"In the frayed, cluttery hamlet everything - people, streets, buildings - seemed to be nearing an end.  In one old survivor, Elliott's Fountain,...I drank a Hamilton-Beach chocolate milkshake, the kind served alongside the stainless steel mixing cup.

"The owner, Hugh Elliott, laid out a 1910 photograph of the drugstore when you could buy a freshly concocted purge or balm, or a fountain Bromo-Seltzer, or a dulcimer; although the pharmaceuticals were gone, you could still get a Bromo or a dulcimer (next to the Texas Instruments 1025 Memory Calculator)....what had been a spacious room of several bent-steel chairs and tables was now top to bottom with merchandise.  What had been a place of community was now a stuffed retail outlet...

"....A crisp little lavendar-and-lace lady, wearing her expansion-band wristwatch almost to the elbow to keep it in place, sipped a cherry phosphate and pointed out in the photograph the table where her husband - dead these twenty years - had proposed to her.  She said, 'You won't find me at the grave.  Always feel closer to him in here with a phosphate.'"

Blue Highways: Part 10, Chapter 3

Main Street in Sutton, West Virginia. Photo by Tim Kiser and hosted at Wikimedia Commons. Click on photo to go to host site.Sutton, West Virginia

In stopping in Sutton, LHM goes to a soda fountain to have a milkshake, and then uses his experience and the description of a lady enjoying a phosphate drink to again lament a disappearing America.  "What had been a place of community," he writes, "was now a stuffed retail outlet."

One of the stories that I picked up about my father had to do with a soda fountain.  My father's dream was to own a soda fountain in my hometown, in particular a soda fountain called The Green Parrot.  He lost his mother at a young age, and during the Depression he had to work to help support his family.  Along the way one of the skills he picked up was cooking.

World War II broke out in 1941, when my father was 17 years old.  He knew that he would be drafted for the army, and went to talk with the owner of The Green Parrot.  The owner told my father that when he came back from the war, if he had the money he could buy the fountain.  My father went off to war and served in the Pacific, eventually rising to the rank of master sergeant.  He served mostly on the island of Saipan, where his skills were put to work when he was given the duty of organizing and managing the mess halls.  He dutifully sent portions of his pay back to his father at home, and had told his father to put the money into savings so that he could buy The Green Parrot.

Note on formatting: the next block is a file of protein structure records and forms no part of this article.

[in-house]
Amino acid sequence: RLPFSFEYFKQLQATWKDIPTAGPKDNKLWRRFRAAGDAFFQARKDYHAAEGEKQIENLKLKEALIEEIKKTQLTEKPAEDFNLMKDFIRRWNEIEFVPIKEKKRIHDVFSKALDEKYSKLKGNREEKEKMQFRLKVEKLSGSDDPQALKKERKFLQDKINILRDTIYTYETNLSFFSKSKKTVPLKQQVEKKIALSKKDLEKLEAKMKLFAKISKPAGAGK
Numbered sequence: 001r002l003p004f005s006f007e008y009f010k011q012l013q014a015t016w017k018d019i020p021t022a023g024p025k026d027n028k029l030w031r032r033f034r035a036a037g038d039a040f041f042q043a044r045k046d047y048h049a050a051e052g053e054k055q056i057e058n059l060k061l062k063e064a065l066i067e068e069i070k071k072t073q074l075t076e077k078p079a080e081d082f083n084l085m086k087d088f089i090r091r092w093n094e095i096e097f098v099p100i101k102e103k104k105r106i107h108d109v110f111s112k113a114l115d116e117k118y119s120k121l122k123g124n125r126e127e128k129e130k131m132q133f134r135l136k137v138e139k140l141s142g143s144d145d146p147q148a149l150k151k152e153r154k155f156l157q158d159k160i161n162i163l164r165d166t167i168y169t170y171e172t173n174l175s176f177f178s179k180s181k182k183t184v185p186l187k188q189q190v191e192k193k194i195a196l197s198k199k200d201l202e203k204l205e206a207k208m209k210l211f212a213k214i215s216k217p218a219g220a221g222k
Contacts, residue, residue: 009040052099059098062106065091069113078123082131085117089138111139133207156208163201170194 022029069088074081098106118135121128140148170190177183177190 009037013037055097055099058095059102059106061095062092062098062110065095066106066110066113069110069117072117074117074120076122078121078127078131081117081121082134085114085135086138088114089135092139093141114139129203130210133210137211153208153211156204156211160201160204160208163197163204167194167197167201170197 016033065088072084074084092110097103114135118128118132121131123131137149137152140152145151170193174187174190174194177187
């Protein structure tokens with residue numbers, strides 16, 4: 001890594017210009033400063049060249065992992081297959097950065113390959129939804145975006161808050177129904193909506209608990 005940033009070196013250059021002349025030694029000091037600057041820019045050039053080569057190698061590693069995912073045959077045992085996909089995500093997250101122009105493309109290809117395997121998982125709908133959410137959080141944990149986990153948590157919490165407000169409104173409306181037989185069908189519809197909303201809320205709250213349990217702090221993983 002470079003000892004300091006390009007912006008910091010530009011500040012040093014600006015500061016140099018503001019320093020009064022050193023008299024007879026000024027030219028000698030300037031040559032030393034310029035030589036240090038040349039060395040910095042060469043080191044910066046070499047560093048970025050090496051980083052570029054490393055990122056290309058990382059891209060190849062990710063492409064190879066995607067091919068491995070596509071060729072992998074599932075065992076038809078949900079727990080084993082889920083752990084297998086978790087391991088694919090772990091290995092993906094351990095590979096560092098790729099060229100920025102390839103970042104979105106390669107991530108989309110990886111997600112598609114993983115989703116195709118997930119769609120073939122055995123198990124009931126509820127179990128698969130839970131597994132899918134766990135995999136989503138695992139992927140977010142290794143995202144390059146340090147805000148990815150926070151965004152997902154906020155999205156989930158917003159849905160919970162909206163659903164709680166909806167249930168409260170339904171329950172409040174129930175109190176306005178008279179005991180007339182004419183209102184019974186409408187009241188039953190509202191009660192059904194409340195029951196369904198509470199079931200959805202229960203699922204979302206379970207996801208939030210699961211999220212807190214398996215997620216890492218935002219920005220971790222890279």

When my father came home, he asked his father for the money so that he could make the offer for the soda fountain.  His father told him the money had been put into a different investment, a 13 acre piece of property in the Irmulco Valley, about 25 miles distant.  Gone was his dream of owning The Green Parrot.

You have read of much of the rest of the story in Littourati.  My father went to work at the lumber mill, the main employer in my town, where he worked the rest of his life.  He was unhappy and unfulfilled.  He was a longtime alcoholic and may have abused Valium.  He may have had depression.  He was the anchor of dysfunction in my dysfunctional family.  He sexually abused me, and to this day my family still deals with the legacy of his unhappiness.

But I'm not writing this to demonize my father or my family.  Instead I'm writing this to speculate what might have been.  What might have happened had that money been available to my father when he came home from the war?  Would my father have been happy as a small business owner.

Would The Green Parrot have been my place of employment?  Would I have developed a community there among the people who came in - the young, the old, the regulars, the out-of-towners?  What effects might they have had on my life, outlook and aspirations?  Would I have learned skills that would have had effects on my life?  Would I have gotten to know a girl, fallen in love and stayed in Fort Bragg?  Would I have taken over The Green Parrot after my father retired, and would I have attempted to keep it alive through lean times until fountains became retro and cool again?

Most importantly, would being a visible business-owning member of the community have made my father a different man?  Would he have been more satisfied with his life being in control of his own destiny?  Would his marriage and family have been successful?  Would my family have been spared the pain of dysfunction, and would I have been spared the horrors of abuse?  And would our constant exposure to the community in a type of place that, at their height, fostered community and caring in small towns, have served as a check against dark activities behind closed doors?

These are all just speculations. and I suspect that the my father's problems were deeper than a change of employment could address.  The fact is that my father's life is what it was, and mine has been what it is.  I have weathered the pain and horror of my family's problems, though I still have to deal with it sometimes.  I have made my life into what it is which, like everyone else's, has been full of a lot of joys and opportunities along with some occasional setbacks, mostly of my own doing.